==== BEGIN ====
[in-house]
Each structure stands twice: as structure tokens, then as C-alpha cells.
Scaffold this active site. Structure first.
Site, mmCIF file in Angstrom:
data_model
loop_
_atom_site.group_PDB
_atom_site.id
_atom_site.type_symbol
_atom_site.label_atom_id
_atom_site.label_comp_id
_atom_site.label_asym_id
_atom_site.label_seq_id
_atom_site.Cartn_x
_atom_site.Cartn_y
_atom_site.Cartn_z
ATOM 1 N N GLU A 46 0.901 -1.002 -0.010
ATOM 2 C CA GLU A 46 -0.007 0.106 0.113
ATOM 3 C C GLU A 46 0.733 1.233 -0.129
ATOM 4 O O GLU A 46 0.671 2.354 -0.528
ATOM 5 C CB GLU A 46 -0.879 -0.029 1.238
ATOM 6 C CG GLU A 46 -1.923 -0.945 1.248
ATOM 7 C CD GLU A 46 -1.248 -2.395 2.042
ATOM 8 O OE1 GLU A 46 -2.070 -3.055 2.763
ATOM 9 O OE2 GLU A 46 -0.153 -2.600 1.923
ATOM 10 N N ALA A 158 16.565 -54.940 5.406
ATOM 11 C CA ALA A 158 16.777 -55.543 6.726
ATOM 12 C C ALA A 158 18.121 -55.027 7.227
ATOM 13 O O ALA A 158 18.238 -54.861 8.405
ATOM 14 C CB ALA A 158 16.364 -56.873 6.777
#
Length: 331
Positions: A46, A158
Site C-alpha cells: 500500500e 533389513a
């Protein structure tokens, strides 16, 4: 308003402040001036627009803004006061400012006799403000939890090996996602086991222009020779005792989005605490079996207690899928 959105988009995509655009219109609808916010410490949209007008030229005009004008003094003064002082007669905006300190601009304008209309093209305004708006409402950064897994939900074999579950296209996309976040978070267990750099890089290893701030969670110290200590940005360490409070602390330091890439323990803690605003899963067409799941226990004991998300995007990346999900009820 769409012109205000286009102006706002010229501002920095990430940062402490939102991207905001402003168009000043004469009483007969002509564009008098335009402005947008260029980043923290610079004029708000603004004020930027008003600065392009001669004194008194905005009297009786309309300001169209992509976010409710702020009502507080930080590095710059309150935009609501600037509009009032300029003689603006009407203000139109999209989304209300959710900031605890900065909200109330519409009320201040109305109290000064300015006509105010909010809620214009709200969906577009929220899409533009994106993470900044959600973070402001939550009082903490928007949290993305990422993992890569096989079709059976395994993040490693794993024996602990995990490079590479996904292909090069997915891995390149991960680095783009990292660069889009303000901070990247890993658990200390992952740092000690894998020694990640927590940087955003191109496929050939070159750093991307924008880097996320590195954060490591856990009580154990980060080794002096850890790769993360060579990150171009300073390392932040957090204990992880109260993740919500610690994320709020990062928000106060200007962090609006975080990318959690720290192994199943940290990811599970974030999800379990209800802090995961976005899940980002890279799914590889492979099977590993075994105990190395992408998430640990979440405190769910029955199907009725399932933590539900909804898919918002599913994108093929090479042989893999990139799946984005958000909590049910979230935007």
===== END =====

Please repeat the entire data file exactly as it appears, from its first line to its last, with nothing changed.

[in-house]
Each structure stands twice: as structure tokens, then as C-alpha cells.
Scaffold this active site. Structure first.
Site, mmCIF file in Angstrom:
data_model
loop_
_atom_site.group_PDB
_atom_site.id
_atom_site.type_symbol
_atom_site.label_atom_id
_atom_site.label_comp_id
_atom_site.label_asym_id
_atom_site.label_seq_id
_atom_site.Cartn_x
_atom_site.Cartn_y
_atom_site.Cartn_z
ATOM 1 N N GLU A 46 0.901 -1.002 -0.010
ATOM 2 C CA GLU A 46 -0.007 0.106 0.113
ATOM 3 C C GLU A 46 0.733 1.233 -0.129
ATOM 4 O O GLU A 46 0.671 2.354 -0.528
ATOM 5 C CB GLU A 46 -0.879 -0.029 1.238
ATOM 6 C CG GLU A 46 -1.923 -0.945 1.248
ATOM 7 C CD GLU A 46 -1.248 -2.395 2.042
ATOM 8 O OE1 GLU A 46 -2.070 -3.055 2.763
ATOM 9 O OE2 GLU A 46 -0.153 -2.600 1.923
ATOM 10 N N ALA A 158 16.565 -54.940 5.406
ATOM 11 C CA ALA A 158 16.777 -55.543 6.726
ATOM 12 C C ALA A 158 18.121 -55.027 7.227
ATOM 13 O O ALA A 158 18.238 -54.861 8.405
ATOM 14 C CB ALA A 158 16.364 -56.873 6.777
#
Length: 331
Positions: A46, A158
Site C-alpha cells: 500500500e 533389513a
């Protein structure tokens, strides 16, 4: 308003402040001036627009803004006061400012006799403000939890090996996602086991222009020779005792989005605490079996207690899928 959105988009995509655009219109609808916010410490949209007008030229005009004008003094003064002082007669905006300190601009304008209309093209305004708006409402950064897994939900074999579950296209996309976040978070267990750099890089290893701030969670110290200590940005360490409070602390330091890439323990803690605003899963067409799941226990004991998300995007990346999900009820 769409012109205000286009102006706002010229501002920095990430940062402490939102991207905001402003168009000043004469009483007969002509564009008098335009402005947008260029980043923290610079004029708000603004004020930027008003600065392009001669004194008194905005009297009786309309300001169209992509976010409710702020009502507080930080590095710059309150935009609501600037509009009032300029003689603006009407203000139109999209989304209300959710900031605890900065909200109330519409009320201040109305109290000064300015006509105010909010809620214009709200969906577009929220899409533009994106993470900044959600973070402001939550009082903490928007949290993305990422993992890569096989079709059976395994993040490693794993024996602990995990490079590479996904292909090069997915891995390149991960680095783009990292660069889009303000901070990247890993658990200390992952740092000690894998020694990640927590940087955003191109496929050939070159750093991307924008880097996320590195954060490591856990009580154990980060080794002096850890790769993360060579990150171009300073390392932040957090204990992880109260993740919500610690994320709020990062928000106060200007962090609006975080990318959690720290192994199943940290990811599970974030999800379990209800802090995961976005899940980002890279799914590889492979099977590993075994105990190395992408998430640990979440405190769910029955199907009725399932933590539900909804898919918002599913994108093929090479042989893999990139799946984005958000909590049910979230935007």